Among the several reasons is the fact that the majority in Planned Parenthood v. Casey, the last major abortion case, outlined what the Court would look for in future cases in order to justify reversing a precedent like Roe, one that lawyers, judges, and citizens have relied on for decades and one that has woven its way into our social fabric. There was nothing in the heartbeat bill or the legislative record that addressed those points.

To me, that’s a bit like ignoring what my Dad said I had to do in order to go to the Senior Prom and then asking him if I could go any way. With my Dad, asking would be pointless (and perhaps unhealthy), and I suspect it will be so with the heartbeat bill and the U.S. Supreme Court.

What’s Important to the Court Must Be Important to Pro-lifers

Let’s be honest, the United States Supreme Court cares greatly about the public’s perception of its institutional integrity. Belief in its integrity is the only means by which the Court can “enforce” its opinions. When the U.S. Constitution appears to “change” because there is a new justice on the Court, the Court becomes very concerned that it will look political (which it too often is, but it tries to keep up the pretense that it’s not). That’s why the Court set forth guidelines for reversal in the Casey case.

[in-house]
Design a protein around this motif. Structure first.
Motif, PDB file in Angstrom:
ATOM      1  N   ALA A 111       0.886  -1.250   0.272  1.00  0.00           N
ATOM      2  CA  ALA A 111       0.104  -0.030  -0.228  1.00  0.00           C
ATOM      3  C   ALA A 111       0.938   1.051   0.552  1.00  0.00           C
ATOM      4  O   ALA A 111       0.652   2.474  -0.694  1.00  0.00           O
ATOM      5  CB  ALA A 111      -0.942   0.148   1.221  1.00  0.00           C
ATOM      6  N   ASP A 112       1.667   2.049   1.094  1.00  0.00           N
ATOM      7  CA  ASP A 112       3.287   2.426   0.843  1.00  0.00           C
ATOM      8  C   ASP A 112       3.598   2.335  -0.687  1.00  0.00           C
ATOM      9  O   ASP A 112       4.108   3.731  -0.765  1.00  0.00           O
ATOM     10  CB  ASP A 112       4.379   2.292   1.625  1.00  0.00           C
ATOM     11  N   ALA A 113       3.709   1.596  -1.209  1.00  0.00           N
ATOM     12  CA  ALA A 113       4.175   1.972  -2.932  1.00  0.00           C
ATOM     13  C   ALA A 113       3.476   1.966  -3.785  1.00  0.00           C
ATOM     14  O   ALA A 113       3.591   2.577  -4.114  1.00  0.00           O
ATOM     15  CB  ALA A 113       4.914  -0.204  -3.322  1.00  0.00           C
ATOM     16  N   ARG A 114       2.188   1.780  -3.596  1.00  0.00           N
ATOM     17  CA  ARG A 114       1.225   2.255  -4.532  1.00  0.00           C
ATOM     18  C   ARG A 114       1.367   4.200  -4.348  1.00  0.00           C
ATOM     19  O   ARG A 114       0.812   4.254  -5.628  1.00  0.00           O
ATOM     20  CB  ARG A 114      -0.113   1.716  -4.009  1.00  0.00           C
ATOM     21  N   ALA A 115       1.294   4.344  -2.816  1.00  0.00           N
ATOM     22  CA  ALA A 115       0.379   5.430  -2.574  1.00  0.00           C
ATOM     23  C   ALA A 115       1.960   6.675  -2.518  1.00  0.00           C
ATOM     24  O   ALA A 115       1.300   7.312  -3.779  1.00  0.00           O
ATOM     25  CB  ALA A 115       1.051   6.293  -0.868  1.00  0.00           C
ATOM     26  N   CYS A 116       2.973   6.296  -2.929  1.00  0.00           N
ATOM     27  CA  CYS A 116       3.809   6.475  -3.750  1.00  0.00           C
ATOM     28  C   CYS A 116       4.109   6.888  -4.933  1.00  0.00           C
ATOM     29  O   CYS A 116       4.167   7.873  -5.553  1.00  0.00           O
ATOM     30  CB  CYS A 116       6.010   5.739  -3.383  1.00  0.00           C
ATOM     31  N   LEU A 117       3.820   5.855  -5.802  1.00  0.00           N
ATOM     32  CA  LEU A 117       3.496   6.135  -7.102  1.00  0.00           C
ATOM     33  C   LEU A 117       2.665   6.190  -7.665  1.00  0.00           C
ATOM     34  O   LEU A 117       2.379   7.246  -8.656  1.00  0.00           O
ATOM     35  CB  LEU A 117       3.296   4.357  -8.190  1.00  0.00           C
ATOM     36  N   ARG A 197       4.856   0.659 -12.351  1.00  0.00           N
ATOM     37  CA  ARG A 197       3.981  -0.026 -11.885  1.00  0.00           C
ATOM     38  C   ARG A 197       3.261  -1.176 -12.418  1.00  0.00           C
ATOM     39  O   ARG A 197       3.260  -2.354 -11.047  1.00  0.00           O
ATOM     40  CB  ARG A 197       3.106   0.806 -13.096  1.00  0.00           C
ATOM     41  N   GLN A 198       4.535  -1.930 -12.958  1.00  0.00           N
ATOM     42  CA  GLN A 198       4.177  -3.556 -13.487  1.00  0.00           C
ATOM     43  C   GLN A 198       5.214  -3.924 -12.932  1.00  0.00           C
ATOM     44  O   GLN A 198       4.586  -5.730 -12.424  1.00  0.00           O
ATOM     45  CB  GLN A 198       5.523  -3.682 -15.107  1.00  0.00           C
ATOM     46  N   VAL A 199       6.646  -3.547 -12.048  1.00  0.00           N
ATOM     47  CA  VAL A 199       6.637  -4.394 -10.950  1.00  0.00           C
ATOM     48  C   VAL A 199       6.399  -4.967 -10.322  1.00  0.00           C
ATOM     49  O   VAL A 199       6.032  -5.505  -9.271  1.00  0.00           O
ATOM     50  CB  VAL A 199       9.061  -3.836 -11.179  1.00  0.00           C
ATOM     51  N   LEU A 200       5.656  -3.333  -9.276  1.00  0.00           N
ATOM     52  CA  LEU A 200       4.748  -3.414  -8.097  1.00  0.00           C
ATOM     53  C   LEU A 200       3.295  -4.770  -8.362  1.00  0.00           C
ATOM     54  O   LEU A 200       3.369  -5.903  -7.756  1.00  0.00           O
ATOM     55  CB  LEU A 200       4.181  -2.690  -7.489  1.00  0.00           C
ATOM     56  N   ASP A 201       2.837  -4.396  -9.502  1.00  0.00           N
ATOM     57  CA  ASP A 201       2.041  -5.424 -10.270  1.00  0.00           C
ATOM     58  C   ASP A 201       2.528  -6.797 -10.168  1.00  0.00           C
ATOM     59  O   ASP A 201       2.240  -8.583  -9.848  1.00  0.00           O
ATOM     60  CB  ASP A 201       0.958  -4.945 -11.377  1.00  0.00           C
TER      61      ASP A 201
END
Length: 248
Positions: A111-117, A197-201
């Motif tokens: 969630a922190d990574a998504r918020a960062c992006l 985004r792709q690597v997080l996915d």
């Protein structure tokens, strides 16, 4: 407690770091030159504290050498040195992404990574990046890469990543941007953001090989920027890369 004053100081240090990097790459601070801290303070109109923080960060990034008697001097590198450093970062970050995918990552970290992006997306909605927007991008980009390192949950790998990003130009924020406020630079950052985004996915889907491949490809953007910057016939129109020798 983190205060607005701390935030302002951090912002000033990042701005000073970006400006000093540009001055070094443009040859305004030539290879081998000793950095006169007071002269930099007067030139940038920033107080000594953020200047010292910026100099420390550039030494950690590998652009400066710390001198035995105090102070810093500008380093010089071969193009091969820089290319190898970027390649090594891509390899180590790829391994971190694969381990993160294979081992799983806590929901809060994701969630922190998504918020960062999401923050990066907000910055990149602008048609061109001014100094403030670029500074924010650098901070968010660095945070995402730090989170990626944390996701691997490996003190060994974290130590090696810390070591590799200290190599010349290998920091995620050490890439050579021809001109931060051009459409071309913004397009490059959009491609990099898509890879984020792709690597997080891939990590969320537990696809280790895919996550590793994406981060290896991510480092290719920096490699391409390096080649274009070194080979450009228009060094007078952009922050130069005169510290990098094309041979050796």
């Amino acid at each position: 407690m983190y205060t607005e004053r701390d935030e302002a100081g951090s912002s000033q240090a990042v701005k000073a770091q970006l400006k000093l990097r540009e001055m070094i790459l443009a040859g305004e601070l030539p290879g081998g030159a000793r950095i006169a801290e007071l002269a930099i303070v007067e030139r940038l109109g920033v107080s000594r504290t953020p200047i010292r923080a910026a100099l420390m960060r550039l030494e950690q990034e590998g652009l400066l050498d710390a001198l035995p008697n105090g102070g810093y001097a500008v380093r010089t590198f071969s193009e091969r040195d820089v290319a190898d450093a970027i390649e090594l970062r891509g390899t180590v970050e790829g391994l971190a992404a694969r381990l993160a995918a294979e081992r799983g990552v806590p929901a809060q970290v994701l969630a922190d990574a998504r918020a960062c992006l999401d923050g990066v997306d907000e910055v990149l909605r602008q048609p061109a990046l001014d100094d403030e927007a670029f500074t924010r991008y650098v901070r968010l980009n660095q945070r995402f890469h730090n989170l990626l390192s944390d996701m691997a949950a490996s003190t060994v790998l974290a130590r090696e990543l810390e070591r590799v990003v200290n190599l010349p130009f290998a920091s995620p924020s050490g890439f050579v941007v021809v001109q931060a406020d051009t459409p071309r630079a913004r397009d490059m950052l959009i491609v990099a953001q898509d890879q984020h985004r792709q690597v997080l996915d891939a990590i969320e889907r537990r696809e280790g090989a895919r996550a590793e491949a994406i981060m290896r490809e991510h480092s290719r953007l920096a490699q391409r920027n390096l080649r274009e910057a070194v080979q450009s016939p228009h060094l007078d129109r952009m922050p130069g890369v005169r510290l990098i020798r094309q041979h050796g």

Institutional integrity is a huge issue for Justice Roberts. It explains some of Roberts’ quirky decisions of late. A bill and a legislative record that ignore this consideration will not get Justice Roberts’ support, and on abortion, the pro-life community cannot lose his support.

Understanding this unavoidable check on the legislature’s powers and how the Supreme Court works in regard to long-established precedent cannot be ignored. If it is, the odds go way up that the law will meet with judicial defeat and be enjoined.